It's a common misconception that if you exercise and eat healthy you don't have to worry about what's going on inside your body. The reality is that even if you're one of those spandex-clad athletes with the body of a Greek god or goddess, what's happening on the inside can be quite shocking.
No matter your outward appearance of fitness, all athletes should undergo basic blood testing for vitamins, hormones, nutrients and metabolic factors that can directly affect health and performance.
At a glance, here are some common deficiencies that can impact your performance:
-Low testosterone and high cortisol, manifested in overtraining symptoms, low libido, lack of motivation, and loss of competitive drive.
-Low luteinizing hormone, high estrogens and low progesterone could result in brain fog, appetite cravings and a seeming inability to shed fat despite lots of training.
-High TSH and low thyroid hormones can lead to a constant feeling of being cold, sluggish metabolism, and impaired digestive function, gas and bloating.
-Low magnesium and electrolyte levels can cause problems falling asleep at night, waking up multiple times during the night, or being tired during the day.
-High inflammation markers can result in sore joints, nagging injuries that won't go away, missing workouts from sickness or having sniffles all the time, and occasional "ghost" symptoms, like random headaches, heart flutters, or muscle tingling and numbness.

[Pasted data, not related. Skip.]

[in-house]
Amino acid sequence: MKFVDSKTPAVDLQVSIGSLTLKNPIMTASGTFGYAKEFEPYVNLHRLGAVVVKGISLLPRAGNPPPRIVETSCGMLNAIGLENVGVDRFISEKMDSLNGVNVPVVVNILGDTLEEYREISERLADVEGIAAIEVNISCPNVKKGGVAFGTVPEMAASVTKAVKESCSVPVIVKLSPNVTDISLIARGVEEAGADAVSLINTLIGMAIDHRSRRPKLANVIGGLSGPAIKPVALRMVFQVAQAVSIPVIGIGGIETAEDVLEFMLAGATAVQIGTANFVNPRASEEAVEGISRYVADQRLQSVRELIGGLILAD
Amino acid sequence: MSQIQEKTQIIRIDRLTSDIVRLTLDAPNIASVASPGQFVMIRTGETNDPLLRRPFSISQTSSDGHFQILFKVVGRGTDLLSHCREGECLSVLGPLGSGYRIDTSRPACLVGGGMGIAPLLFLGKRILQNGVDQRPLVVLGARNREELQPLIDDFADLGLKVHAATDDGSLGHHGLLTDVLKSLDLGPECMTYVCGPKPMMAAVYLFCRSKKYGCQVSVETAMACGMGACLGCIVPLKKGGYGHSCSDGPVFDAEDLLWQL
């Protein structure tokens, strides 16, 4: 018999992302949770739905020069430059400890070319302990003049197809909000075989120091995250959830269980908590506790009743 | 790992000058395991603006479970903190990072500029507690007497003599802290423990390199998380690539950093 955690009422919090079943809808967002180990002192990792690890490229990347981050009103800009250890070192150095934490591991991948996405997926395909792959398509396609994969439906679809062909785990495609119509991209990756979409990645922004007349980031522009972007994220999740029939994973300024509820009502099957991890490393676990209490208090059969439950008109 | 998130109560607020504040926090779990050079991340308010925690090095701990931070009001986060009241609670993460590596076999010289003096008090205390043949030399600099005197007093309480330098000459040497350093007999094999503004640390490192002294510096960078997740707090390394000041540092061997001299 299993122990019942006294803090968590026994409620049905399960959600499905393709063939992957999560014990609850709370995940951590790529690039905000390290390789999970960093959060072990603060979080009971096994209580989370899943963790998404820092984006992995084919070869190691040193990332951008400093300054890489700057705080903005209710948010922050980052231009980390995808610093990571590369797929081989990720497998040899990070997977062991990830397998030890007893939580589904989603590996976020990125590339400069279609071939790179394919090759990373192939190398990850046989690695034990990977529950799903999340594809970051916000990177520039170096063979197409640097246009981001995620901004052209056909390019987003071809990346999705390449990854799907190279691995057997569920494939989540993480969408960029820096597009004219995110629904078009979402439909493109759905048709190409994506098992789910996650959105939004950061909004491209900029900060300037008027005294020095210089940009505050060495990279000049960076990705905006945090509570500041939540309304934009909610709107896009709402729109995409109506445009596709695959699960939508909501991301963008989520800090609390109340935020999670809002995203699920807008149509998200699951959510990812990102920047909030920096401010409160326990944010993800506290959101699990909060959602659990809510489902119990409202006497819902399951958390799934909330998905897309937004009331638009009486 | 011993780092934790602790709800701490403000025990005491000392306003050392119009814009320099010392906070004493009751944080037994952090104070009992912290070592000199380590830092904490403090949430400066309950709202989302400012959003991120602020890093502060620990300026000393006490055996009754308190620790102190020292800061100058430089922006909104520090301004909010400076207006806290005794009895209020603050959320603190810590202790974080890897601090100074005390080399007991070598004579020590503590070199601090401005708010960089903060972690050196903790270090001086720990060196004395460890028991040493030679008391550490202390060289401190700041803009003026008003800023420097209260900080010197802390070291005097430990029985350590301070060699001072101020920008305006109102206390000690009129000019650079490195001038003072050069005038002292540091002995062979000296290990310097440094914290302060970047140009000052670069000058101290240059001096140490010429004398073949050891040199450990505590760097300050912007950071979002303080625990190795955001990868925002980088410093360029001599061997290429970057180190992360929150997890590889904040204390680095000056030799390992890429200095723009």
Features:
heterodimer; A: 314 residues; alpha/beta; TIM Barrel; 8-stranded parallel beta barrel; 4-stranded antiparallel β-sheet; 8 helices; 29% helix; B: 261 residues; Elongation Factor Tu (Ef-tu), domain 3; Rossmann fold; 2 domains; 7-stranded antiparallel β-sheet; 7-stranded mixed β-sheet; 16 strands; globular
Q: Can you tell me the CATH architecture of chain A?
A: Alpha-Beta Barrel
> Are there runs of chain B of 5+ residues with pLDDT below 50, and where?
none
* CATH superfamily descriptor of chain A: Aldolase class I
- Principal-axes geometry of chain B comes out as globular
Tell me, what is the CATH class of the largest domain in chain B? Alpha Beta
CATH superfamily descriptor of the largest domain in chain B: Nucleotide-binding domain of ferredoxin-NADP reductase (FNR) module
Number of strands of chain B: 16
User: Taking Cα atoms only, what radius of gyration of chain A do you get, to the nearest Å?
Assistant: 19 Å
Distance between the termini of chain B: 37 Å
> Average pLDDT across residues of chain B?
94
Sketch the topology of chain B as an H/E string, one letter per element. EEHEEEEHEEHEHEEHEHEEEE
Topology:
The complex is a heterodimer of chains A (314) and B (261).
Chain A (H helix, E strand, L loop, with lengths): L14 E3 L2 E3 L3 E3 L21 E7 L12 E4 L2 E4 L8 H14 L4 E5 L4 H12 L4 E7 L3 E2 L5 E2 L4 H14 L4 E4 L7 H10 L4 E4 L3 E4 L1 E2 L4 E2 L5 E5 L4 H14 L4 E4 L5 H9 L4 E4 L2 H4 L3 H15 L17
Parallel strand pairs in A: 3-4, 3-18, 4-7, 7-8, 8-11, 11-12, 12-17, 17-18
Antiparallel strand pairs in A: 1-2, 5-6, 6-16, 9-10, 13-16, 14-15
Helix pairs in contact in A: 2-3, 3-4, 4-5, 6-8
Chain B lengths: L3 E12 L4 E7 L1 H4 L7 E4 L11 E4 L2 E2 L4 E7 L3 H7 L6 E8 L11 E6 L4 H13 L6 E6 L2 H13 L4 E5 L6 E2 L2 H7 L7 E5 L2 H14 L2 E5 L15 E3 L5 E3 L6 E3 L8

If you're concerned about issues like these or simply want a full, informed look at what's in your blood, consider asking for the following tests:
- Hormone and hormonal precursors: vitamin D, testosterone, cortisol, DHEA, insulin, IGF-1, estradiol and SHBG
- A full lipid panel: HDL, LDL, vLDL, ApoB, Lp(a) and triglycerides
- Inflammation: HS-CRP and interleukin
- Thyroid and blood sugar: TSH, T3, T4, glucose and HbA1c
- Liver and kidney health: BUN/Creatinine, AST & ALT liver enzymes, bilirubin, albumin and total protein
- Minerals: Calcium, sodium, potassium, chloride, bicarbonate and RBC magnesium
- Red blood cells and oxygen delivery: Ferritin (serum), total iron binding capacity (TIBC), folate, Vitamin B12, hemoglobin and hematocrit
- Immune system: White blood cell and granulocyte count